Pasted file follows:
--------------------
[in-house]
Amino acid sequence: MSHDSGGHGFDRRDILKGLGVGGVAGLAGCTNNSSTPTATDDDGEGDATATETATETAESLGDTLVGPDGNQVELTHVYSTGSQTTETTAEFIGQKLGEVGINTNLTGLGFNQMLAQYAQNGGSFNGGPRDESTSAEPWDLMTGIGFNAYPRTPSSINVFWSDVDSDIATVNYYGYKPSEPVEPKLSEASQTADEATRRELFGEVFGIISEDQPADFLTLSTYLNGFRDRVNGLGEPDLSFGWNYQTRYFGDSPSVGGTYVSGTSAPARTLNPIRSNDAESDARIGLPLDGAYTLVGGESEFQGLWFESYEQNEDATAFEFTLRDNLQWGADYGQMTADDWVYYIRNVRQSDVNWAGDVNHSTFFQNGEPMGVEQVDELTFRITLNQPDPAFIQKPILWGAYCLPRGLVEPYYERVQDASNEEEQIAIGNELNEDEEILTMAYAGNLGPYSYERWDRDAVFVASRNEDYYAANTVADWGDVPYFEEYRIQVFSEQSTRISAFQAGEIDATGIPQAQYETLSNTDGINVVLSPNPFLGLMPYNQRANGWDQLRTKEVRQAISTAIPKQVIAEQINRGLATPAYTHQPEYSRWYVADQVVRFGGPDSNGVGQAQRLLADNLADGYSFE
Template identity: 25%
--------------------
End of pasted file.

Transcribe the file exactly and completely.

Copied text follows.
[in-house]
Amino acid sequence: MSHDSGGHGFDRRDILKGLGVGGVAGLAGCTNNSSTPTATDDDGEGDATATETATETAESLGDTLVGPDGNQVELTHVYSTGSQTTETTAEFIGQKLGEVGINTNLTGLGFNQMLAQYAQNGGSFNGGPRDESTSAEPWDLMTGIGFNAYPRTPSSINVFWSDVDSDIATVNYYGYKPSEPVEPKLSEASQTADEATRRELFGEVFGIISEDQPADFLTLSTYLNGFRDRVNGLGEPDLSFGWNYQTRYFGDSPSVGGTYVSGTSAPARTLNPIRSNDAESDARIGLPLDGAYTLVGGESEFQGLWFESYEQNEDATAFEFTLRDNLQWGADYGQMTADDWVYYIRNVRQSDVNWAGDVNHSTFFQNGEPMGVEQVDELTFRITLNQPDPAFIQKPILWGAYCLPRGLVEPYYERVQDASNEEEQIAIGNELNEDEEILTMAYAGNLGPYSYERWDRDAVFVASRNEDYYAANTVADWGDVPYFEEYRIQVFSEQSTRISAFQAGEIDATGIPQAQYETLSNTDGINVVLSPNPFLGLMPYNQRANGWDQLRTKEVRQAISTAIPKQVIAEQINRGLATPAYTHQPEYSRWYVADQVVRFGGPDSNGVGQAQRLLADNLADGYSFE
Template identity: 25%